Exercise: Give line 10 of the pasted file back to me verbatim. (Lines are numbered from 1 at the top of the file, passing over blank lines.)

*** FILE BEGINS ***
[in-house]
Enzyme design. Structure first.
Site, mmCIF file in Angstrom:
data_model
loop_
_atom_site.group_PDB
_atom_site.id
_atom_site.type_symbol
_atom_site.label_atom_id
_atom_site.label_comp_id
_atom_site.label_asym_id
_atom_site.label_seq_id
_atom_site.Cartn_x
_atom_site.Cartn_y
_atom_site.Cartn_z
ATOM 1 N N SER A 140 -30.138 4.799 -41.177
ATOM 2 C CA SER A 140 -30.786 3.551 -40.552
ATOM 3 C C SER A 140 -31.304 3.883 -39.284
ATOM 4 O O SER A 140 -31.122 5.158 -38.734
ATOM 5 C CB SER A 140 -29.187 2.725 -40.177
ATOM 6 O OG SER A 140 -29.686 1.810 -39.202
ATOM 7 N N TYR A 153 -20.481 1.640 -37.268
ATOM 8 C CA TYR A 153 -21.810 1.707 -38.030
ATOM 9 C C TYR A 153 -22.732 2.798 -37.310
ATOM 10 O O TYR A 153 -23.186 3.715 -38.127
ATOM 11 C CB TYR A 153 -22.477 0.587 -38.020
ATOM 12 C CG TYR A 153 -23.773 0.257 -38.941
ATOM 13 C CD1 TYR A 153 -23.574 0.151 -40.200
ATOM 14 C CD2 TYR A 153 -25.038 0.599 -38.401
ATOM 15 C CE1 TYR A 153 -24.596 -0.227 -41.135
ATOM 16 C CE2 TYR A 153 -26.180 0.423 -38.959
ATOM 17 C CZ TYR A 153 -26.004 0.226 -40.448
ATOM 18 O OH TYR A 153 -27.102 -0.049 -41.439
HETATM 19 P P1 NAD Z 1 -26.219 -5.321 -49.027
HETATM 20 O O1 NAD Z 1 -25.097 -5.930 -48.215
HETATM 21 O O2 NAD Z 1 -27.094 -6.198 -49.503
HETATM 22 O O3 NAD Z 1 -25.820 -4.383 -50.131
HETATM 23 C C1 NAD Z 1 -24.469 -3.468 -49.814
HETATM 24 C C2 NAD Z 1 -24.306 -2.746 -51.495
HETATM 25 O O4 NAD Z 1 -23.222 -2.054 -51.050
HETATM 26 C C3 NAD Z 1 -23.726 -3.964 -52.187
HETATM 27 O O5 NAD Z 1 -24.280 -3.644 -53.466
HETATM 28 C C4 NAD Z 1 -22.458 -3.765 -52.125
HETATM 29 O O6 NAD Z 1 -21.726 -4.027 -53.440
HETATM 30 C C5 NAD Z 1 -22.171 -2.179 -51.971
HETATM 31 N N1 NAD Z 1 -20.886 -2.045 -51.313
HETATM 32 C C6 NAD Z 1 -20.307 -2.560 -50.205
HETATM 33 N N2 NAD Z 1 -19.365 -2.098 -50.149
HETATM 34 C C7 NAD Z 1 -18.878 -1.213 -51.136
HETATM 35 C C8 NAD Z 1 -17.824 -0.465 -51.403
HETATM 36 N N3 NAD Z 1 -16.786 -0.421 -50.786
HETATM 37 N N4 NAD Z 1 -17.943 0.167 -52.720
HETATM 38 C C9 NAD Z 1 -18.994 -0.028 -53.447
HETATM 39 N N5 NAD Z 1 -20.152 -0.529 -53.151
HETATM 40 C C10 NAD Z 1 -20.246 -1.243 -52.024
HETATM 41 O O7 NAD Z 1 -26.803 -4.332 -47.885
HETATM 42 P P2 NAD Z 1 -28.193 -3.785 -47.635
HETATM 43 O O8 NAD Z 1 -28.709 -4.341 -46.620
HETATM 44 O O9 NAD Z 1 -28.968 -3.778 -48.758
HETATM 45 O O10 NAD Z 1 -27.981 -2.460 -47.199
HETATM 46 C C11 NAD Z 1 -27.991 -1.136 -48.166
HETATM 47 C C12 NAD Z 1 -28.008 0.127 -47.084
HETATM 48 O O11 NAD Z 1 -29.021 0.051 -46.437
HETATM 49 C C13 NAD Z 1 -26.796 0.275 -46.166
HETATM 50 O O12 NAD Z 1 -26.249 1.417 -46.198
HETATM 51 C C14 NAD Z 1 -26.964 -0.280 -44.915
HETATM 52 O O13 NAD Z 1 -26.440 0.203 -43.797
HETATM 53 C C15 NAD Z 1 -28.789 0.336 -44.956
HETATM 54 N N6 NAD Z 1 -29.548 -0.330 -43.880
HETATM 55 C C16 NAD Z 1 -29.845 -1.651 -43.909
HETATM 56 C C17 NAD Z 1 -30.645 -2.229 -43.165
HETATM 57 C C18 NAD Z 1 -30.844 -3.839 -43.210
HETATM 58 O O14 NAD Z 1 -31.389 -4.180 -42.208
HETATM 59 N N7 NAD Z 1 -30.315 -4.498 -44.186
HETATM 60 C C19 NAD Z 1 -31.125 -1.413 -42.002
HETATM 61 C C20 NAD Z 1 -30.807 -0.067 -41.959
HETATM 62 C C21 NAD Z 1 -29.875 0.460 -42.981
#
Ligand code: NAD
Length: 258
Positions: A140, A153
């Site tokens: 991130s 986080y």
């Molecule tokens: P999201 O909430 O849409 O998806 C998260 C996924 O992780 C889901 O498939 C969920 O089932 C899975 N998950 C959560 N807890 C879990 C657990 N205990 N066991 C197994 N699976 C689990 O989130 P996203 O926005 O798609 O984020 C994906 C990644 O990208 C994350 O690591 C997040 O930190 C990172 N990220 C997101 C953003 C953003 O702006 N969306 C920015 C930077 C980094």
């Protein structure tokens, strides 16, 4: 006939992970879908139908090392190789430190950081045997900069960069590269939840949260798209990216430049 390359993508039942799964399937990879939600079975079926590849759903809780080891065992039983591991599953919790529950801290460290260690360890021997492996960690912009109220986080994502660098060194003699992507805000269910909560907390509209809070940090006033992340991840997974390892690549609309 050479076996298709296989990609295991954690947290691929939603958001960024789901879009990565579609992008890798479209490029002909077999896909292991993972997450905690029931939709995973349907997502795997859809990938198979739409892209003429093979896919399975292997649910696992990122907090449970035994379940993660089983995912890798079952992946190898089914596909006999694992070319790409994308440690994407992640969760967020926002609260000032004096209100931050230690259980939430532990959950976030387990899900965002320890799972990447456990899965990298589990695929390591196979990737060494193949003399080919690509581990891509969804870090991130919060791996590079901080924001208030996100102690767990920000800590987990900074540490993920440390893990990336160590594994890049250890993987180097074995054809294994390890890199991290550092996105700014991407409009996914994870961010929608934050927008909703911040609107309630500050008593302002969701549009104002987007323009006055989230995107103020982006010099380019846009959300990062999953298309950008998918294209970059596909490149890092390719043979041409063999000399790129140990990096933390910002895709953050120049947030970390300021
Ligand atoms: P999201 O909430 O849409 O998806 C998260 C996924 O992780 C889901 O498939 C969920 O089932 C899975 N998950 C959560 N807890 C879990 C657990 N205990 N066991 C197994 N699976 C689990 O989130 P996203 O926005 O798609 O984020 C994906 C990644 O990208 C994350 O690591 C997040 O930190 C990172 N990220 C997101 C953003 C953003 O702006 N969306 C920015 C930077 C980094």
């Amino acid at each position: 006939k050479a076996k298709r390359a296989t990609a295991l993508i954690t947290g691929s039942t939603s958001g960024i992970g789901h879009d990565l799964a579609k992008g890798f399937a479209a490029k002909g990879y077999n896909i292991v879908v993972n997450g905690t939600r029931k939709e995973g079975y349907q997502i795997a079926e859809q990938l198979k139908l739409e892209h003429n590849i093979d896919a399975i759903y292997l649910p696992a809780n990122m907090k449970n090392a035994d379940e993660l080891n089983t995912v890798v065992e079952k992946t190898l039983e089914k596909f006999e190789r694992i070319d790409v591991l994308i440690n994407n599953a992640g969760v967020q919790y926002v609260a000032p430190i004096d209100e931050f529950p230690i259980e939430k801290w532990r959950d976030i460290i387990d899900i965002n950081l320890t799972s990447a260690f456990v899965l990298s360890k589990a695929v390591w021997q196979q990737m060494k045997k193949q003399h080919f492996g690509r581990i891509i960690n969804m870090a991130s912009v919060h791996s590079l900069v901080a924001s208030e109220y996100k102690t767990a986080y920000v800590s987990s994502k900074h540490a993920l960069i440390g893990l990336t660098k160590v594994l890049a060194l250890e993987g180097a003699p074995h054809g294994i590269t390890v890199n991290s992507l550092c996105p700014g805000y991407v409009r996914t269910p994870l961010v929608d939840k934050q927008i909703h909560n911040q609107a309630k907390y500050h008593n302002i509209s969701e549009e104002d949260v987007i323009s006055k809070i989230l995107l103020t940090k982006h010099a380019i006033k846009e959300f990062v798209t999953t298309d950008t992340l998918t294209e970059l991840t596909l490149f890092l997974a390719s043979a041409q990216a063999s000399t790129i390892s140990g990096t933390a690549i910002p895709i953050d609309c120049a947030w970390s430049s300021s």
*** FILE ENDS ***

_atom_site.label_comp_id